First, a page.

Research objectives

The primary aim was to compare the proportion of individuals with Lynch syndrome and HNPCC who develop cancer based on comorbid inflammatory disease status. Lynch syndrome and HNPCC individuals with comorbid inflammatory disease (cases) were matched to controls (Lynch syndrome and HNPCC without comorbid inflammatory disease) in a 1:2 ratio. Our secondary aim was to compare the proportion of comorbid inflammatory disease patients (n = 21) who developed cancer with and without exposure to a monoclonal antibody and/or immunomodulator therapy in Lynch syndrome and HNPCC population.

Research methods

Lynch Syndrome and HNPCC individuals enrolled in the David G. Jagelman Hereditary Colorectal Cancer Registries at the Sanford R. M.D. Center for Hereditary Colorectal Neoplasia at the Cleveland Clinic from 1979 to 2019 who met inclusion criteria were included in the study. Individuals with comorbid IBD including ulcerative colitis (UC) and Crohn’s disease (CD), and rheumatic diseases were included. For our primary aim, controls were randomly chosen from the registry after matching for presence and type of mismatch repair gene pathogenic variant, age at last follow up, and gender. We compared the proportion of patients who had developed any cancer up to last follow up or death between the two groups. For our secondary aim, patients were divided into two groups based on any exposure to these medications. Duration of exposure was determined through the electronic medical record or paper chart review by duration of prescription length and provider notes. The proportion of individuals who developed a cancer was calculated from the year of diagnosis of comorbid disease until last follow up or death.

Research results

64 HNPCC patients including 21 cases with a comorbid inflammatory disease and 43 controls without comorbid inflammatory disease were analyzed. The proportion of patients who had developed cancer after diagnosis of comorbid inflammatory disease in cases was 57.1% with a 10 year (6.0-16.5) median duration of follow-up and 46.5% in controls (P = 0.42) when also followed for 10 years prior to last follow up or death. Approximately half of the cancers were HNPCC-specific: 52.4% of cases vs 44.2% of controls (P = 0.54). For the secondary aim, we compared the proportion of individuals who developed cancer after diagnosis of a comorbid inflammatory disease in the 9/21 (39.5%) individuals exposed to monoclonal antibodies and/or immunomodulators to the 12/21 (61.5%) unexposed. Seven of nine (77.8%) exposed compared to 5/12 (41.7%) unexposed patients developed any cancer after diagnosis of a CID (P = 0.18). The hazard ratio for cancer with medication exposure was calculated to be 1.59 (P = 0.43, 95%CI: 0.5-5.1). This is the first study of its kind, attempting to address the interaction between genetic predisposition to cancer, inflammatory disease and immunosuppression. It remains to be seen whether these results are reproduced in larger multicenter studies.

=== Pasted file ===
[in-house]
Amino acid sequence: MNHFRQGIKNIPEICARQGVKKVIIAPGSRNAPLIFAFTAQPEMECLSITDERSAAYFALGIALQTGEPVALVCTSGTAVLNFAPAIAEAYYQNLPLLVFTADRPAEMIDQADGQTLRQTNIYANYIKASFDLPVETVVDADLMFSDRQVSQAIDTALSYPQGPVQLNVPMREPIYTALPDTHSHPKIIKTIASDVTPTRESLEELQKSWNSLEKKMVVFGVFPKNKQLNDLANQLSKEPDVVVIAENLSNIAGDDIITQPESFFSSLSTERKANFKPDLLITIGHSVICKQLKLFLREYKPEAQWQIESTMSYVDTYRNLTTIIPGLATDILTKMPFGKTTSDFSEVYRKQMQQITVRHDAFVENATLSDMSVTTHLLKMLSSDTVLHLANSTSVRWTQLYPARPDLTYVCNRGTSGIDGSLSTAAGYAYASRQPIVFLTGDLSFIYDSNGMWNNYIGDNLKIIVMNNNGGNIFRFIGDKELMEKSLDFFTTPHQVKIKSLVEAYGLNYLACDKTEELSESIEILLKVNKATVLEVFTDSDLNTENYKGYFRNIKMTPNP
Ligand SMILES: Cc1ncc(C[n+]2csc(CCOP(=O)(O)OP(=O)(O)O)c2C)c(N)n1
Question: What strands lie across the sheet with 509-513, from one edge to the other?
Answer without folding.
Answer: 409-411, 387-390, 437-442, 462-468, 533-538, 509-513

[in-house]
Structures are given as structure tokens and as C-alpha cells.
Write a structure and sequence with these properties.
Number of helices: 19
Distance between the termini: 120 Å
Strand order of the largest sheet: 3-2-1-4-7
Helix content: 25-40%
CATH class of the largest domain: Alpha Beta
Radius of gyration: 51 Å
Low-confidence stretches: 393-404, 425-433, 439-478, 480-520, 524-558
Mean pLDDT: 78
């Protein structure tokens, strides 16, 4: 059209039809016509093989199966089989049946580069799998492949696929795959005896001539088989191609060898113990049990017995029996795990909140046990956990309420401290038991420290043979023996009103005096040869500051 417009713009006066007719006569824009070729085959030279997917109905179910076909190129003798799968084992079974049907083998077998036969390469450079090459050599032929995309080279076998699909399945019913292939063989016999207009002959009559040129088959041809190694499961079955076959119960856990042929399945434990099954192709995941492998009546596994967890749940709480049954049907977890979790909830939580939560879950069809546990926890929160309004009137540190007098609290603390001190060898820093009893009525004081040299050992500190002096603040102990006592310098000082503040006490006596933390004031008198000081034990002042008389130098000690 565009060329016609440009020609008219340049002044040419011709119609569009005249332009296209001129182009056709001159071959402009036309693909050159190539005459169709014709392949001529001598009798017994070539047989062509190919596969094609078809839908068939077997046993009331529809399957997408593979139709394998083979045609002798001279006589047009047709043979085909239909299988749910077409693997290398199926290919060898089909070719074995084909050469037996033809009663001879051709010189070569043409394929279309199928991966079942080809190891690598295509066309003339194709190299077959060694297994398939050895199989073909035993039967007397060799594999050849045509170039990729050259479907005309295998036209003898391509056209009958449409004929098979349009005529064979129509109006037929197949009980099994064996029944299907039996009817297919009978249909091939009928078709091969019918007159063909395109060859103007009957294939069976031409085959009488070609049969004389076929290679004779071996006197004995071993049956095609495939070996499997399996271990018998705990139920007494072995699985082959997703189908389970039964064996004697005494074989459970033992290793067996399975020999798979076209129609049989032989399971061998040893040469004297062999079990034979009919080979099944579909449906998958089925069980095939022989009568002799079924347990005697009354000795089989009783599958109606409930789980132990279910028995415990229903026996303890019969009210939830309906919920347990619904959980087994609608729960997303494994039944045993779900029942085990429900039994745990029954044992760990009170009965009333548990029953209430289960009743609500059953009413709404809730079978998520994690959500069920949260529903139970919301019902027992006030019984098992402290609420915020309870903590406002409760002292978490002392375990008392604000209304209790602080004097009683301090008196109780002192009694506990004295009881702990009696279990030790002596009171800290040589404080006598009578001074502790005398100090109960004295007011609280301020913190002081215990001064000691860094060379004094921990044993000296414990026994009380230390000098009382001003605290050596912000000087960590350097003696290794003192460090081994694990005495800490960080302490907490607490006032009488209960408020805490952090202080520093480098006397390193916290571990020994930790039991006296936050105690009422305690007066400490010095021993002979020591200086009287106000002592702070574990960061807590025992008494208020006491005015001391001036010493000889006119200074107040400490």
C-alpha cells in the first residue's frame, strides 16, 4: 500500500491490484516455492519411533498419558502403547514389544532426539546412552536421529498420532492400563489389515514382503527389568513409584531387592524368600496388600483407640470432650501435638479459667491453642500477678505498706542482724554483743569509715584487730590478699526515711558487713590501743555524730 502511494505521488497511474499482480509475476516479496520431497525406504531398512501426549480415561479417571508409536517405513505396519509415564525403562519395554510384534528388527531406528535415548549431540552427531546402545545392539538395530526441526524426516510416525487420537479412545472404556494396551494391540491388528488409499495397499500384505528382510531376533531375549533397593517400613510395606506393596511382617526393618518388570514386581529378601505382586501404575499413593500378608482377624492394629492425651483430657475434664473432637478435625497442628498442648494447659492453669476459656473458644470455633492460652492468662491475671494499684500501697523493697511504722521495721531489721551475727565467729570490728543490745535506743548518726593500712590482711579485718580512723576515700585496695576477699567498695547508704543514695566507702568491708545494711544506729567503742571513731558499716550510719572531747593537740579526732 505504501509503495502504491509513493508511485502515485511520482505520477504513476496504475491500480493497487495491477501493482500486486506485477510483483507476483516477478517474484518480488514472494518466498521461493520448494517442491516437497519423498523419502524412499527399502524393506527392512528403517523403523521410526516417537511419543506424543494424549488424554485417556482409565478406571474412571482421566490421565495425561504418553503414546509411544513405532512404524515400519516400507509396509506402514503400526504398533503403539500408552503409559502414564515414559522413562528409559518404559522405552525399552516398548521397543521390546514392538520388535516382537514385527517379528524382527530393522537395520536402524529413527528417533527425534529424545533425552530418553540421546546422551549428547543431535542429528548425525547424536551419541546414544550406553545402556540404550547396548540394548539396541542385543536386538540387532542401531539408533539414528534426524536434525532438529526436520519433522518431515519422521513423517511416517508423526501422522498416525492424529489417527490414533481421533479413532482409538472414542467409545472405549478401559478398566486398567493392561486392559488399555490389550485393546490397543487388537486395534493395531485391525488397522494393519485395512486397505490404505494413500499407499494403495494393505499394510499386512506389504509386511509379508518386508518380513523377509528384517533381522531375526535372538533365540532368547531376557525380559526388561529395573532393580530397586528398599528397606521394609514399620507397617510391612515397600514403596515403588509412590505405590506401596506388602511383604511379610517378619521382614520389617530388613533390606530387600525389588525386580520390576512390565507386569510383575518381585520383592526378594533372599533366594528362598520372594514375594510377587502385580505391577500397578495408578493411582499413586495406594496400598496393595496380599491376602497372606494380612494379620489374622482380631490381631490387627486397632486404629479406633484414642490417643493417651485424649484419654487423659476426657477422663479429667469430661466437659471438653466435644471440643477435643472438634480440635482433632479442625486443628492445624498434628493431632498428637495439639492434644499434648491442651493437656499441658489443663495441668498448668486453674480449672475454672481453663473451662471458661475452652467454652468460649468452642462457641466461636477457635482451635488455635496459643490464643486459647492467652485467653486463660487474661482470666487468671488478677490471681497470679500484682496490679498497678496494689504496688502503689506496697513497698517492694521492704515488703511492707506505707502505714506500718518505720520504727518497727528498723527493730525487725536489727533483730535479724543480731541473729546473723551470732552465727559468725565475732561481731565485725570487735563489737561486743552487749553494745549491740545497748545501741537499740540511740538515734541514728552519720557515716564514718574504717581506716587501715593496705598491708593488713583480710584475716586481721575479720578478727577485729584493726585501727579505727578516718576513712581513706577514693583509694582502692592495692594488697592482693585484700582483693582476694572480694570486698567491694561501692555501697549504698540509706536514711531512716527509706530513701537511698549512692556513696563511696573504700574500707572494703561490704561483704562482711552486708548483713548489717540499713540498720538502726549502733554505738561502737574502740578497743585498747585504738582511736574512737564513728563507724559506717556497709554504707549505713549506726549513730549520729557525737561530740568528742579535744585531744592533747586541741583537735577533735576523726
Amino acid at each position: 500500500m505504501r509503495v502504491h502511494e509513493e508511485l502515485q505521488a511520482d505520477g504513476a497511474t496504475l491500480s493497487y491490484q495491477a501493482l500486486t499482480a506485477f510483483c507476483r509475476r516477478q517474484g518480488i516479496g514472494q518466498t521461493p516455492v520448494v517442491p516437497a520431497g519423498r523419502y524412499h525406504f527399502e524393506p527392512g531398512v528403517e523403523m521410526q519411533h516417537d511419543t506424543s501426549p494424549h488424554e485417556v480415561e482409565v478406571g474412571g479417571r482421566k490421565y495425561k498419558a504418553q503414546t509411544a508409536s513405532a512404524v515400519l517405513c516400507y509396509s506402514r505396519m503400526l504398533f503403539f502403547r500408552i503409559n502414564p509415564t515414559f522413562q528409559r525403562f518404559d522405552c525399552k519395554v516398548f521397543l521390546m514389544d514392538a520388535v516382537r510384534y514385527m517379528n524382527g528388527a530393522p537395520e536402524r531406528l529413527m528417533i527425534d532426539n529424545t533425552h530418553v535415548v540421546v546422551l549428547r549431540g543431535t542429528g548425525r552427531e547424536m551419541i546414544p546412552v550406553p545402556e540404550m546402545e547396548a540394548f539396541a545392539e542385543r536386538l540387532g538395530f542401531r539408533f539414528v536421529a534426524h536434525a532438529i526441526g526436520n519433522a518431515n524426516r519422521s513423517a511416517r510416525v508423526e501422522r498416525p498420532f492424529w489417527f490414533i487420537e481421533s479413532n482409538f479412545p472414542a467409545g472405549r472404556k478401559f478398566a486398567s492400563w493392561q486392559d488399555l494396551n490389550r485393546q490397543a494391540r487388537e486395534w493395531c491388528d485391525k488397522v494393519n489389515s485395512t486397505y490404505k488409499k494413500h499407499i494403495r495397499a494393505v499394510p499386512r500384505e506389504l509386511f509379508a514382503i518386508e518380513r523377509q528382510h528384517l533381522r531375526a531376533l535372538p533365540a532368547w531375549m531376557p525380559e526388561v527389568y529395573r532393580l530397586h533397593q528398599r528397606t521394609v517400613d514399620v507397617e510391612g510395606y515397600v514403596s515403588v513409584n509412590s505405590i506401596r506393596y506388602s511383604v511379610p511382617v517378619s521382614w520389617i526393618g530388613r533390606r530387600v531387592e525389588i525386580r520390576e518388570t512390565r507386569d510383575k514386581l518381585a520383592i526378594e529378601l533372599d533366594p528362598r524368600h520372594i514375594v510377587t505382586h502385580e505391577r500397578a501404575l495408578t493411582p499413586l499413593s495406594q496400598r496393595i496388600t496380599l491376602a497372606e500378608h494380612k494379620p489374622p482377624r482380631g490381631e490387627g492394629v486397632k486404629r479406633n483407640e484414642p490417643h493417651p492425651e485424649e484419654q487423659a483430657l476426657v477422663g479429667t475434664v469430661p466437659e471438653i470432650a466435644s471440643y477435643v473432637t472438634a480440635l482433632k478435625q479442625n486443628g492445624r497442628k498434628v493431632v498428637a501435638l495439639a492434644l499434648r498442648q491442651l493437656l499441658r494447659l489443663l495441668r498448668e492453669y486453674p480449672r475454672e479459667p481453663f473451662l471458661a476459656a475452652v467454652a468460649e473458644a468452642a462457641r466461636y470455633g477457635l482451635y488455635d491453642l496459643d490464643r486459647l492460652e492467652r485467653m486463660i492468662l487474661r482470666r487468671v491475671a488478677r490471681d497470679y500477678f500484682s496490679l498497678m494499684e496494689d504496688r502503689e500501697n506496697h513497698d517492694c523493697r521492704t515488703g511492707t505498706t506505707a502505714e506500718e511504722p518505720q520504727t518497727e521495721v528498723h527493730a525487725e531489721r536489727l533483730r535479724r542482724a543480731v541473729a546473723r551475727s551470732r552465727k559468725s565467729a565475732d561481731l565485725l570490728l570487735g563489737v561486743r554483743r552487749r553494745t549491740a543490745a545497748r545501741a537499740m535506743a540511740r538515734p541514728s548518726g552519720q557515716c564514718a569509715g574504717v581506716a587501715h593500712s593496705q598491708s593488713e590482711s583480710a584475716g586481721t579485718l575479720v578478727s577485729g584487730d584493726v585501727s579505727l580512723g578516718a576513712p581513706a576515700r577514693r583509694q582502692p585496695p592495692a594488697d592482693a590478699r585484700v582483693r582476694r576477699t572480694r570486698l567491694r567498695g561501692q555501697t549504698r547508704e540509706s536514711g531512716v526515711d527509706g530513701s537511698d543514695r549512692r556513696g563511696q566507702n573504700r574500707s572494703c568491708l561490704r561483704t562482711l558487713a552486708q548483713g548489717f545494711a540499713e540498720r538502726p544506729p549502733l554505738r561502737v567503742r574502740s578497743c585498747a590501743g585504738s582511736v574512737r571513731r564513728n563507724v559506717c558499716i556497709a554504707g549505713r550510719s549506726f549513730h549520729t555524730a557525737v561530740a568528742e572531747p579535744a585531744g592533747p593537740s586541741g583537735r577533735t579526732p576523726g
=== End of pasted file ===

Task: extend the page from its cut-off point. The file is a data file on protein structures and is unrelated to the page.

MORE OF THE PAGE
Research conclusions

In our small cohort, comorbid inflammatory disease does not appear to add any additional cancer risk to patients with HNPCC regardless of MMRPV status. The decision to start a biologic or immunomodulator in this cohort is understandably complex and should be individualized with consideration given to any colonic inflammatory disease.

Research perspectives

We propose collaborative research to assess the risk of malignancy in lynch syndrome and HNPCC individuals on immunosuppressive medications. The risk of colorectal cancer in IBD has historically been associated with severity and duration of the disease. From this standpoint, immunosuppressive medications can potentially decrease colorectal incidence in patients with IBD. However, there are no studies that directly address individuals with genetic predisposition to cancer. Genetic susceptibility to malignancy adds another layer of complexity given the intricacy of balancing immunosuppression which decreases malignancy risk in inflammation but may also theoretically decrease immune surveillance.

Footnotes

Provenance and peer review: Invited article; Externally peer reviewed.

Peer-review model: Single blind

Specialty type: Gastroenterology and hepatology

Country/Territory of origin: United States

Peer-review report’s scientific quality classification

Grade A (Excellent): 0

Grade B (Very good): B, B

Grade C (Good): C

Grade D (Fair): 0

Grade E (Poor): 0

P-Reviewer: Bogach J, Chiu CC, Yang BL S-Editor: Wu YXJ L-Editor: A P-Editor: Wu YXJ